Whitton also had a profound fear of dying in anonymity, which surely would have happened if she had opted for marriage. Whether or not she hid her lesbianism behind these ideals will never be known. An important factor to consider is that Whitton was also a devout Anglican, and to be a lesbian during her era would have been very traumatic for her. Also, as a woman who needed a paycheque, any risk of scandal would have been disastrous to her career.

As a feminist, Whitton believed in and fought for equal pay and equal opportunities for women in the public and private sector, although she did not believe in married women working outside of the home and held very conservative views on abortion and divorce. Her views on sexuality have been described as “prudish.”

Her relationship with Margaret Grier, however, indicates a kinder, gentler side of Charlotte Whitton.

The two women met in Toronto, where they were both residents at the Kappa Alpha Theta society house on the campus of the University of Toronto. Whitton accepted a position in 1918 as assistant secretary with the Social Service Council of Canada, and Grier worked with the juvenile court, the Big Sisters Association and the Girl Guides. In Grier, Whitton had found a soul mate, even though the two seemed to have very diverse natures. Grier is described as shy, fair and quiet, with delicate features and a calm spirit. Whitton, younger by four years, was considered intimidating, confrontational, ambitious and egotistical. Whatever their differences, the pairing was perfect for them. In 1922, they moved to Ottawa together in order to advance Whitton’s career in social work and to allow her to pursue her goals in government.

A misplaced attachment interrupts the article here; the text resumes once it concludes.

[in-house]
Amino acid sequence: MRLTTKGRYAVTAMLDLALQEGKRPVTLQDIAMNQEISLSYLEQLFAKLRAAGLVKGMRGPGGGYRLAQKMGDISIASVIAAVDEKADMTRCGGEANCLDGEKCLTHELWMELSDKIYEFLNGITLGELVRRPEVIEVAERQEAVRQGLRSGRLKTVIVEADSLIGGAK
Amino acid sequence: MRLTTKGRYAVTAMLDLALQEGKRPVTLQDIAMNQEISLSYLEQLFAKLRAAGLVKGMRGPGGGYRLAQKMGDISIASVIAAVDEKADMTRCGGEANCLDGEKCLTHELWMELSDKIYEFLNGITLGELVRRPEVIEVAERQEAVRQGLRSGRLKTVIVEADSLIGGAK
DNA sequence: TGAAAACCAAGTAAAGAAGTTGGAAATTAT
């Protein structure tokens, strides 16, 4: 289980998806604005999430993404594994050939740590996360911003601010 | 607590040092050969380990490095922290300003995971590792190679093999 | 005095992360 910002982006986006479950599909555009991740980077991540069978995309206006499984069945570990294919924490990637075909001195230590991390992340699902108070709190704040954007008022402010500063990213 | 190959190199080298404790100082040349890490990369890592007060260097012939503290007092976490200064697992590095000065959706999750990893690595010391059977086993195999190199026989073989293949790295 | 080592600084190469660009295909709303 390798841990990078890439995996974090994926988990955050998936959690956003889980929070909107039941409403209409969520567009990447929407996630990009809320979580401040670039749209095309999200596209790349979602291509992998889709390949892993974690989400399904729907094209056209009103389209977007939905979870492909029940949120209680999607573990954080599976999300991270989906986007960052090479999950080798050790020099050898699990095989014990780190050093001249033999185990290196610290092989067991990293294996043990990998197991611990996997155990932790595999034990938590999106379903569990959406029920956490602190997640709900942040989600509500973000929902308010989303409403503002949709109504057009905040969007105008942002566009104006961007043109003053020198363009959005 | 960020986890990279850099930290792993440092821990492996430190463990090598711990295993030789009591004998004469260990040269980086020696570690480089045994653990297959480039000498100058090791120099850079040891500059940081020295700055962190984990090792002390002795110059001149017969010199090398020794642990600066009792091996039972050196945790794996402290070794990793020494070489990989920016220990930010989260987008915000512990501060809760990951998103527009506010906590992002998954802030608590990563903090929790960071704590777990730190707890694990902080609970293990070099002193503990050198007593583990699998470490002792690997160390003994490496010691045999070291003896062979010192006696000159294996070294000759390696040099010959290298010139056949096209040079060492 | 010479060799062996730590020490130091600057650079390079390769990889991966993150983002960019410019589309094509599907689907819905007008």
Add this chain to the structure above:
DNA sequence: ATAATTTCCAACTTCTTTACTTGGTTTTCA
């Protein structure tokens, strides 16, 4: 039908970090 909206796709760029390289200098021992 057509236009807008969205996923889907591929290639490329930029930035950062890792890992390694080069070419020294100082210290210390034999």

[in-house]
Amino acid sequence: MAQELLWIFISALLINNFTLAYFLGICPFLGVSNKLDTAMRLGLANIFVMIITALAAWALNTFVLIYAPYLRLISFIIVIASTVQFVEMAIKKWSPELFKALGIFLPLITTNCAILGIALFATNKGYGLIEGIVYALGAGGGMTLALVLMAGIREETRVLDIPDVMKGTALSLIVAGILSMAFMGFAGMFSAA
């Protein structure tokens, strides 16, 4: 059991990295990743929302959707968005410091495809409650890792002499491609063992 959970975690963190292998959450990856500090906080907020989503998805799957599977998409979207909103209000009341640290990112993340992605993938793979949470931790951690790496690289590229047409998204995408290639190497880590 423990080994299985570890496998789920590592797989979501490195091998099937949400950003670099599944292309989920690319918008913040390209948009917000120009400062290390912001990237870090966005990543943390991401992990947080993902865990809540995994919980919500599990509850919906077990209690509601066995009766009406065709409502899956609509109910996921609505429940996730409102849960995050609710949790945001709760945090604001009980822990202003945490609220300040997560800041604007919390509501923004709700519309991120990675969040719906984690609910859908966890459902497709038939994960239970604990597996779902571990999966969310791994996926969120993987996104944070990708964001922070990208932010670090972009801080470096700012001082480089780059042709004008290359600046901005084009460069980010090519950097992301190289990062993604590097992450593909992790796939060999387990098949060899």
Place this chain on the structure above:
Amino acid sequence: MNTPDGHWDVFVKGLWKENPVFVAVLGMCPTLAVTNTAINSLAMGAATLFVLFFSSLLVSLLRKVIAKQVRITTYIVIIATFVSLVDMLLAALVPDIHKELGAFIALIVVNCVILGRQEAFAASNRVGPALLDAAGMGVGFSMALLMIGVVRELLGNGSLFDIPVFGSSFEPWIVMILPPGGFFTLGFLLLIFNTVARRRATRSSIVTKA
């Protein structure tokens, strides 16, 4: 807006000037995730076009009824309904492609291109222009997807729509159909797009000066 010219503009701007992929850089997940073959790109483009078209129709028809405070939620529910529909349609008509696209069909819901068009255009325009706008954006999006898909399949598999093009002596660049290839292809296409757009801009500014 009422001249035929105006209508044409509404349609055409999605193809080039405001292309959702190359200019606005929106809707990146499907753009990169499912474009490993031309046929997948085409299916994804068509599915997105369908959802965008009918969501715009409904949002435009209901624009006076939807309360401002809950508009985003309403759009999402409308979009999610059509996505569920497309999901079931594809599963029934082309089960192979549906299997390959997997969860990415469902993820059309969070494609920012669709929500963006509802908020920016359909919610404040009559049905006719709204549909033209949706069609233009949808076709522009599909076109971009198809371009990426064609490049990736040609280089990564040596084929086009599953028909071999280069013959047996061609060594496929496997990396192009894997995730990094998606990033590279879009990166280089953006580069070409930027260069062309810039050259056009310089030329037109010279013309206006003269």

They set up house together and lived in a “Boston marriage” type of relationship, a term used in the late 19th century to describe a long-term monogamous relationship between two unmarried women, most likely feminists, who were financially independent of men either through inheritance or career. This arrangement was socially acceptable at the time, since women sometimes chose a career over marriage, or for whatever reasons found themselves “spinsters.” Living alone was neither socially acceptable nor financially possible.

The two women had many nicknames for each other, such as “Mardie,” “Putty,” “Pussy” and “Red Cat” in reference to Grier, while Whitton’s nicknames included “Lawrie,” “Charlie,” “Charles,” “Sharl,” “Lot” and “Rags.” Whitton often wrote poetry to Grier. A sample verse is sure to raise a few queer eyebrows, although it was not uncommon for single women of that era to romanticize their same-sex friendships:

So softly your tired head would lie

With gentle heaviness upon my breast

And knowing but each others’ arms

Desiring nothing more we two would rest

They also owned a cottage together, on McGregor Lake, and escaped many a humid Ottawa summer weekend there. One letter written by Grier to Whitton while she was away on business — which was often — seems to sum up the nature of their relationship: “Just two nights gone and I’m so lonesome I could cry whenever I stop to think for a minute — Oh Lawrie, dear, I’m just about crazy all the time you are away from me.”